Getaway Guide: Bora Bora
A short hop but a world away from Hawaii, Bora Bora is a Polynesian paradise of delicate coral islands, marine life and massive volcanic craters. that looms over all.
Bora Bora has been synonymous with luxury since the days of Paul Gauguin. Its mix of verdant jungle, soaring rocky peaks and brilliantly green water make it the top of any hedonist’s bucket list.
The water really is that colour. Having seen photographs of Bora Bora, bound by a ring of motus (islets of coral and sand) and a luminous aqua lagoon, I suspected creative retouching. But no. It really is that impossible shade of greenish blue. On cloudy or rainy days, its green deepens and it becomes opaque, like a piece of jade. When the sun comes out the lagoon is transparent and pale, like vintage bits of glass fished from the ocean, faded and turned watery by years at sea.
Once you’ve seen this colour, you never want to take your eyes off it. Fortunately, my hotel obliges, picking me up from the airport dock in a zippy open-backed teak and mahogany boat, a replica of commuter water taxis used by Wall Street barons while inhaling the other thing I can’t get enough of, little white tiare flowers (Tahitian gardenia), so ubiquitous that Air Tahiti Nui hands them out inflight and leis of them greet you at the airport.
When we arrive at the hotel, I see that the design is wisely a slave to the water. There are four long pontoons of over-water wooden cottages joined by wooden decking. Inside, my bungalow has several “lagoon windows” built into the floor and ledges of its rich merbau woodwork. The design is ingenious: a well-crafted box of sliding interior partitions and exterior glass doors easily turns into an open-air pavilion and sundeck, another jumping-off point for that glorious lagoon. My first instinct becomes a ritual I’ll repeat daily in the exquisite privacy of my secluded cottage: strip down, jump in the water, paddle back to the deck and rinse the saltwater off under the outdoor shower. Can there be a more blissful antidote to Canadian winter?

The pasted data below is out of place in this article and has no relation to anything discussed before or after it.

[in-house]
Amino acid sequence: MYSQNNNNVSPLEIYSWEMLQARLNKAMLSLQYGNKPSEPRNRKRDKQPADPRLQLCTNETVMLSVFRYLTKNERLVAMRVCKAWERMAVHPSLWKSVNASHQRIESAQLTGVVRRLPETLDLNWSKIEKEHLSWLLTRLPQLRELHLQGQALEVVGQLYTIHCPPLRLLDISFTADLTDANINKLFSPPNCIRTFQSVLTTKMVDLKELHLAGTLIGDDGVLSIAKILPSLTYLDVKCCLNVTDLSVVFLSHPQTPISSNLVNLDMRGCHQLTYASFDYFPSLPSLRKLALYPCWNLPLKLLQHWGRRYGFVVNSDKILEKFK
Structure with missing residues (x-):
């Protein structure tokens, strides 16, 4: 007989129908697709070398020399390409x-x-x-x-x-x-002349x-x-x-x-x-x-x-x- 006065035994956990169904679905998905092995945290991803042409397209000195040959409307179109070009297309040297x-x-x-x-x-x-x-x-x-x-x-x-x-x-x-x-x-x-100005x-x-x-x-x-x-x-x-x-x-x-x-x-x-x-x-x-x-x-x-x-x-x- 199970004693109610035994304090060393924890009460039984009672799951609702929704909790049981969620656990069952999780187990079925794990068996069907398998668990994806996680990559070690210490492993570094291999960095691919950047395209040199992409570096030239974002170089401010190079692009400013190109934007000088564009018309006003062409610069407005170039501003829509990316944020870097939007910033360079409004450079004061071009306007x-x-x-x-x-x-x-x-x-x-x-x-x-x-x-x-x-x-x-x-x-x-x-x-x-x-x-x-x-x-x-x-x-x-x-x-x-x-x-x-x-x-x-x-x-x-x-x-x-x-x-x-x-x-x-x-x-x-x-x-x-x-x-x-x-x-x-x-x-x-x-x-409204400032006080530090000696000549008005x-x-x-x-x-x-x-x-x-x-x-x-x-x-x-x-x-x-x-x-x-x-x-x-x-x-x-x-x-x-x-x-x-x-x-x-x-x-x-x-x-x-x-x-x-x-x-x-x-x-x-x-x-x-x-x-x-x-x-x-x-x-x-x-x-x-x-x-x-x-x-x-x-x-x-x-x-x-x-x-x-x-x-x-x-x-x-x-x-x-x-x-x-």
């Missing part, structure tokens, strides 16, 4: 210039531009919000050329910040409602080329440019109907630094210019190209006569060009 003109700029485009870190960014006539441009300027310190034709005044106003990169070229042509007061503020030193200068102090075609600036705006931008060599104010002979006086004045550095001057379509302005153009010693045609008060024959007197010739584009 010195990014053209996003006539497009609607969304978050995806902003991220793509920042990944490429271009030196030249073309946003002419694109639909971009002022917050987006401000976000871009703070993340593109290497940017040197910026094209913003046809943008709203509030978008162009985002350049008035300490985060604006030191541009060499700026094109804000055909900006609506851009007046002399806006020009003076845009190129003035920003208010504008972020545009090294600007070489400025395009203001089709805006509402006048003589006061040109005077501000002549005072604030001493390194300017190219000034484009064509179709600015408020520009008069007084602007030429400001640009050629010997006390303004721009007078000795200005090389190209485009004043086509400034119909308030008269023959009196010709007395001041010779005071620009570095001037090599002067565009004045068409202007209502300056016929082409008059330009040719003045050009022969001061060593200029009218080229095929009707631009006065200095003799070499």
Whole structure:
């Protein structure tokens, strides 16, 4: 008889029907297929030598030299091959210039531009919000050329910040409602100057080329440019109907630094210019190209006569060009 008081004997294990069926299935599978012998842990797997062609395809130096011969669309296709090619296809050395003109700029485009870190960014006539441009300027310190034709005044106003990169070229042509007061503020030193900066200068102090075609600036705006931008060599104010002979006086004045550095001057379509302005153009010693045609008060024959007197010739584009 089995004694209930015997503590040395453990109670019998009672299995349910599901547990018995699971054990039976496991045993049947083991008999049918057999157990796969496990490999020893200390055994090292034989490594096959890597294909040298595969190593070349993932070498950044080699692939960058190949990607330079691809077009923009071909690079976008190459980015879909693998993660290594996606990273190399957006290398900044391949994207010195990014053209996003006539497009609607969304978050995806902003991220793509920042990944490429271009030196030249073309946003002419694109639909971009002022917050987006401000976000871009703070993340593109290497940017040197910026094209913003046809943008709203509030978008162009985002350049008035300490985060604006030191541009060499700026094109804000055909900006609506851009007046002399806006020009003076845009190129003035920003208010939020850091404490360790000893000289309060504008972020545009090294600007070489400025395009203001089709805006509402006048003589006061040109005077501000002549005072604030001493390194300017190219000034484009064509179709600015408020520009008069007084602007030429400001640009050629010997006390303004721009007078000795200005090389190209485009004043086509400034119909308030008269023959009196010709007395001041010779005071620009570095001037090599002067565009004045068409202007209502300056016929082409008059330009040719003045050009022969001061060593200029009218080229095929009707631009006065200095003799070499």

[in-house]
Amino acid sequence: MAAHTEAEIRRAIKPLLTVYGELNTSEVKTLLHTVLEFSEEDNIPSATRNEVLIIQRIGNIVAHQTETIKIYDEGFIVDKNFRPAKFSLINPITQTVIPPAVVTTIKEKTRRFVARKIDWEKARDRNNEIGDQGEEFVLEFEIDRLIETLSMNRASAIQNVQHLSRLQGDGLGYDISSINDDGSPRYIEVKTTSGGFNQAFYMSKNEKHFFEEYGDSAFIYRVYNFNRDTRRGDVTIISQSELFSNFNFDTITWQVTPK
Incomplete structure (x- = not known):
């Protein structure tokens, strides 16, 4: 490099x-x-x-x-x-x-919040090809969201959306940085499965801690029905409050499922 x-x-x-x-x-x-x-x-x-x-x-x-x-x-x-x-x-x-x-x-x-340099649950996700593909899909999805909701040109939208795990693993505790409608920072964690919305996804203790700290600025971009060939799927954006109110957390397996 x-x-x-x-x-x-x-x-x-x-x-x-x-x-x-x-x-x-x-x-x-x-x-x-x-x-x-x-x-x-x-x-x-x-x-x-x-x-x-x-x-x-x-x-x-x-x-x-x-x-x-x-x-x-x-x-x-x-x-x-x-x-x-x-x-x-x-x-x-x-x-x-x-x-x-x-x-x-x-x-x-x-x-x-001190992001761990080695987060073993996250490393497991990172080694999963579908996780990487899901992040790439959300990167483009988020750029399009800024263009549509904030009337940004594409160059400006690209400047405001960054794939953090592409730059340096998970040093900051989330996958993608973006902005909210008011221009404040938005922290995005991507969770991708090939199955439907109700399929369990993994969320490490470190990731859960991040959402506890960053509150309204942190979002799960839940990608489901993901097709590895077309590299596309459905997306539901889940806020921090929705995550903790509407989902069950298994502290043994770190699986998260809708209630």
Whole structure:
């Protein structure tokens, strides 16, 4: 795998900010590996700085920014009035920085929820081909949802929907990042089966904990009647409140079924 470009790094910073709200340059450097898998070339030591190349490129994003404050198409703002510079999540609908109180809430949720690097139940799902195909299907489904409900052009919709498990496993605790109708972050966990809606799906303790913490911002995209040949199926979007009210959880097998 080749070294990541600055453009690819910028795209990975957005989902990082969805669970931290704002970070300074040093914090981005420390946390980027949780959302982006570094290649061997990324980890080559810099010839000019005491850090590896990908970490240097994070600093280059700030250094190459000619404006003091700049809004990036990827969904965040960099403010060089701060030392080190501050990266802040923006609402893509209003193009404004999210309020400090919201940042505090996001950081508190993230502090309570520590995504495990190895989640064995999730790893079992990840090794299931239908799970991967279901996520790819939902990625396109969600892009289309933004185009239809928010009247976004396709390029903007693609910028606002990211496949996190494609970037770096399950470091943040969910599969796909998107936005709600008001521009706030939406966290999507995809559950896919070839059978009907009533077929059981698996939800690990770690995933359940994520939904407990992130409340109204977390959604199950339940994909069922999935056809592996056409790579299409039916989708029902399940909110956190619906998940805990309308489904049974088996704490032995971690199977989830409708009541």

Perhaps French Polynesia seems too far to go, even for immersion in paradise. From Los Angeles the flight was eight hours—not that much further than Hawaii but a world away, like stepping into an exotic Paul Gauguin painting. The air is a thick, delicious soup. (Yet, somehow, every morning there are impossibly crisp croissants on the buffet. “The pastry chef is French,” food and beverage manager Michael Mestraud says, apparently code for “soggy bread is not an option.”) Maybe I’m hardened by the cursory service in much of Mexico and the Caribbean, but Polynesian resort staff seem genuinely happy to host. They greet me with a peppy, singsong “Ia ora na!” (yo-rah-nah) at every chance and even understand my clunky Canadian French. “In the Tahitian language, there is no past or future, you know,” one of the French resort staff tells me. “There is only the present, so they don’t seem to worry and generally, they are very happy.”